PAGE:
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National palace museum - Lucid Realities

TAIWAN TODAY | NPM ties up with Orangerie Museum, Louvre, Tate Modern on new media art exhibition

A new media-curated exhibition comprising pieces from institutions in Taiwan, Czech Republic, France, Germany and the U.K. kicked off at National Palace Museum’s Southern Branch Dec. 17 in Chiayi County.

Running until March 26 next year, “A Carnival of Fantasies: A Special Exhibition of 21st Century Museums” features popular exhibits from Taipei City-based NPM; Mucha Foundation, Czech Republic; Louvre and Orangerie museums, France; Alte Nationalgallery, Germany; and Tate Modern, the U.K. Two our experiences will be available  Claude Monet – The water Lily Obsession by Nicolas Thépot (Lucid Realities : Excecutive Producer) and The Monk by the Sea by Michael Robbins and Harmke Heezen will also be available at the National Palace Museum (Executive producer: Gebrueder beetz filmproduktion/International distributor: Lucid Realities).

The four sections are Aesthetic World, NPM Voyage, River of Time and The Louvre Station. AM showcases world-famous artworks via new media devices; NPMV, calligraphies and traditional ink-wash paintings at virtual reality installations; RT, projections of all exhibition pieces; and TLS, Leonardo Da Vinci’s “Mona Lisa” using a VR gallery.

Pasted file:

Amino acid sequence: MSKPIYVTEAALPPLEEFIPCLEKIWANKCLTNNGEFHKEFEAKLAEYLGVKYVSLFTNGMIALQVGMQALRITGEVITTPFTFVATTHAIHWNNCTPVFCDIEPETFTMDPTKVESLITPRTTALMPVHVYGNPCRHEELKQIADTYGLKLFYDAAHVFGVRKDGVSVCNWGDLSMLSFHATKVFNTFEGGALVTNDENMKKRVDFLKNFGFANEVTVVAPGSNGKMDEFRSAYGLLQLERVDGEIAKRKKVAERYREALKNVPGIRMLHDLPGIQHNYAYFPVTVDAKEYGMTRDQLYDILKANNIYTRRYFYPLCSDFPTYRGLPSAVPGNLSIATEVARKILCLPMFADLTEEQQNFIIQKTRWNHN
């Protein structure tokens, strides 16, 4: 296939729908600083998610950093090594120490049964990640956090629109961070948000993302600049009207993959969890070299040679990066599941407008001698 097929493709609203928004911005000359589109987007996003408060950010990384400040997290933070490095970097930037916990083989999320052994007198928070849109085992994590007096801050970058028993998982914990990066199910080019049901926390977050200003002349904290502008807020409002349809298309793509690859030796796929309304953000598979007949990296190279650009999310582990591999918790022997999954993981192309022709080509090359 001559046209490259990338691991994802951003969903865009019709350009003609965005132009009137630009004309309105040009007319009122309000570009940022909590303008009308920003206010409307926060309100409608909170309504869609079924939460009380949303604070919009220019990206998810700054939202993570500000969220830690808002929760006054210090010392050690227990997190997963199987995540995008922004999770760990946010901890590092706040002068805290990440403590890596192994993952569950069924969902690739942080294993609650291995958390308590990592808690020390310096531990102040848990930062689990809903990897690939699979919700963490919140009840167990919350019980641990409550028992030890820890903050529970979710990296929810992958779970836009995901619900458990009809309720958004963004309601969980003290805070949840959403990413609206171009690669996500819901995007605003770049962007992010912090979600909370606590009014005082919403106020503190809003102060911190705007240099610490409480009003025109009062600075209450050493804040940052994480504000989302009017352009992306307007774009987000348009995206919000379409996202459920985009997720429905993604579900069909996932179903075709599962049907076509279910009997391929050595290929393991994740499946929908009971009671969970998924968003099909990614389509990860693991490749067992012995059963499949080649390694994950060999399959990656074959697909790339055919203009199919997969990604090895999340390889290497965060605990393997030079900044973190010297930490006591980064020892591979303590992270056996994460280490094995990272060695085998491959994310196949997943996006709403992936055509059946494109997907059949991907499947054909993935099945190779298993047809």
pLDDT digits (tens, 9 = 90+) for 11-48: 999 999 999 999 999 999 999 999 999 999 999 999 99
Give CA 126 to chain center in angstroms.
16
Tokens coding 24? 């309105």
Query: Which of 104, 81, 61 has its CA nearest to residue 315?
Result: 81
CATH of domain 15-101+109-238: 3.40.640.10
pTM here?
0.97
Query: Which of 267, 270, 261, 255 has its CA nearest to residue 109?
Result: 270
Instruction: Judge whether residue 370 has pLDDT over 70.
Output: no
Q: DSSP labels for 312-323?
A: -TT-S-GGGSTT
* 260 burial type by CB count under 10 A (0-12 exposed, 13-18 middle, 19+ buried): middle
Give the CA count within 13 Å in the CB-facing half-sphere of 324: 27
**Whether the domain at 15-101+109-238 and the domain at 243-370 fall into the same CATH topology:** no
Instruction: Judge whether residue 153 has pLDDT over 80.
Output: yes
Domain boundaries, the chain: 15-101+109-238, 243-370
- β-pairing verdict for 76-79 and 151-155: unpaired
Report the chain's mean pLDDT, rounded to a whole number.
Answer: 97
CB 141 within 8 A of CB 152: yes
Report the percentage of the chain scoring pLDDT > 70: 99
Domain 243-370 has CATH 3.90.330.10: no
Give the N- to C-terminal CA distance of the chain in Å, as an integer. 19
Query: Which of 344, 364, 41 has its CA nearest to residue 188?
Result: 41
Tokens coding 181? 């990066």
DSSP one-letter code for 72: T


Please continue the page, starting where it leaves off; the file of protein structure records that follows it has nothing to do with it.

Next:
NPM Director Wu Mi-cha said the event is an exciting opportunity to utilize cutting-edge technology in sharing some of the world’s finest artworks with locals. It also builds closer ties between NPM and other leading institutions while helping attract more visitors to the Southern Branch, he added.

Since opening in December 2015, NPMSB has proven popular with lovers of Asian art from home and abroad. On Dec. 7, the facility broke the 1 million visitor mark—a milestone underscoring the success of government efforts to provide more opportunities for cultural enrichment in the south of the country.

NPM, established in 1965, is the world’s largest treasure house of Chinese imperial art, boasting nearly 700,000 antiquities covering 7,000 years from the prehistoric Neolithic period to the end of the Qing dynasty (1644-1911). (RAY-E)